DENISE LAMAR-EVERETT: “I’m thankful for the love and mercy my Heavenly Father has shown me. Also the love of my family and friends as we worship together.”

KATHERINE RHODES: “I’m thankful for life and my three daughters. I’m most thankful for the Lord being in my life.”

The Milwaukee Community Journal November 27, 2013 Page 2

Women’s groups partners with health organization

The Links, Incorporated, Cream City-Wisconsin Chapter has partnered with Black Health Coalition of Wisconsin (BHCW) to support the agency with their Affordable Care Act (ACA) outreach. Links are pictured above assisting with the registration process during the ACA community forum and enrollment event that BHCW held on November 21, 2013. The photo includes Cathy Edwards, Cream City Links Health Committee Chair, Edwina Beanum, Clara Keal, Cream City Links President and Jenice Burrell. The event included a presentation by Dr. Patricia McManus, BHCW President & CEO, that focused on the core details of the ACA. Attendees were also able to get their pressing ACA questions answered. (Photo by Clarene Mitchell)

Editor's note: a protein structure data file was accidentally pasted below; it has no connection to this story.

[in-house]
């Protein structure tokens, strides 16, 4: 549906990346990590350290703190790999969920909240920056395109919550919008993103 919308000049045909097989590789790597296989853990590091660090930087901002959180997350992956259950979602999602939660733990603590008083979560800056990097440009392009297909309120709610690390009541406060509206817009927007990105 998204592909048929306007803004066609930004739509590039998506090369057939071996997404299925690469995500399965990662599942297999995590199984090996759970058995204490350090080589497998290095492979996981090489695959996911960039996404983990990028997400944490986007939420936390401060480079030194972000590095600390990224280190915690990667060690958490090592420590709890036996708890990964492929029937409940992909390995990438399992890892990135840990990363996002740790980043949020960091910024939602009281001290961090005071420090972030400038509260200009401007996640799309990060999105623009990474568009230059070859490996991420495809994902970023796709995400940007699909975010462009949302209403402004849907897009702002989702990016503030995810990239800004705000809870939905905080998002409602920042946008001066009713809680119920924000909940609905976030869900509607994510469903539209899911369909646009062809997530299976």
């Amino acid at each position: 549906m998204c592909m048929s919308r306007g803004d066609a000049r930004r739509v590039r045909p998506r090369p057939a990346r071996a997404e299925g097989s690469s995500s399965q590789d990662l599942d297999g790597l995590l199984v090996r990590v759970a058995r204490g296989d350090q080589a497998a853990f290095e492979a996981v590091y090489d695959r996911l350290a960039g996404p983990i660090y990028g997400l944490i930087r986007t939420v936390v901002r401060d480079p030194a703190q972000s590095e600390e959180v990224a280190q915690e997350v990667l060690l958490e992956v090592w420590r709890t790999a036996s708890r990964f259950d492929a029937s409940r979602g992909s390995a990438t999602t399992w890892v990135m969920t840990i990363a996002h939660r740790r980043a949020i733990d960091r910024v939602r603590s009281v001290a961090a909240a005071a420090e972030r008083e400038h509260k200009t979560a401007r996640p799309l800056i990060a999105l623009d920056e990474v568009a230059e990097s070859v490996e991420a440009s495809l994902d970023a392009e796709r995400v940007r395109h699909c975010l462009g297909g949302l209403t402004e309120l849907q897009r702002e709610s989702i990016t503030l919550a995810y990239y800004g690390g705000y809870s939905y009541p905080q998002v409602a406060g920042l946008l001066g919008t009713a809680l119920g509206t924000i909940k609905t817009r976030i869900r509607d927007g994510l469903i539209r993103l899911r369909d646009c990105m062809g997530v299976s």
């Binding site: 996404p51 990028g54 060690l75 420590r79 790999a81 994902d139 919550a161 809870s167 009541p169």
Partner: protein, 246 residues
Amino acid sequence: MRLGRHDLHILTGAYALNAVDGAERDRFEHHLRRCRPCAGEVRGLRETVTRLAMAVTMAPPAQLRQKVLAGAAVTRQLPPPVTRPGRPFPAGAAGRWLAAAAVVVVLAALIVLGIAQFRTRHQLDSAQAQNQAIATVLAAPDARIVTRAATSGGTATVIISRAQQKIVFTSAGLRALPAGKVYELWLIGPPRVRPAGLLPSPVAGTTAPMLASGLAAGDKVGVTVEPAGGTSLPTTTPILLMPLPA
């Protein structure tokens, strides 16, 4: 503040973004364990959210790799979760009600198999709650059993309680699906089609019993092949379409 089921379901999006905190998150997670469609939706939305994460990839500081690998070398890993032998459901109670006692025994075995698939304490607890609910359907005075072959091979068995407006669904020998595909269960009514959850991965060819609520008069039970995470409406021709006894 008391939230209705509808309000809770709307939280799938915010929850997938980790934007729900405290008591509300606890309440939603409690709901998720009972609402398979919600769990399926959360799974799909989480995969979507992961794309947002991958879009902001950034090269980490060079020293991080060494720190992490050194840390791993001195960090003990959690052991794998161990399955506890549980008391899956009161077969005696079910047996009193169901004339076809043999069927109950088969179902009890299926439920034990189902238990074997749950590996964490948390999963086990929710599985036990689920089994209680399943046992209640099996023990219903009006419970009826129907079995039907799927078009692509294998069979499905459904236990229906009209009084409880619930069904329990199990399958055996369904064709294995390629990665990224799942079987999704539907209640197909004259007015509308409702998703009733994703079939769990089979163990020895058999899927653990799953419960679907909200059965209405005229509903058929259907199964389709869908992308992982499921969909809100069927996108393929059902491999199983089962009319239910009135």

AARP Introduces Free Health Care Costs Calculator for Retirement Planning Only One Third of Americans Close to Retirement Age Have Taken Steps to Save for Major Expense

WASHINGTON, DC -On Monday, AARP launched a free online Health Care Costs Calculator, a major addition to their Ready for Retirement suite of planning tools. In a survey accompanying the release of the calculator, AARP found that just one third (36 percent) of older Americans have taken any steps to save for out-of-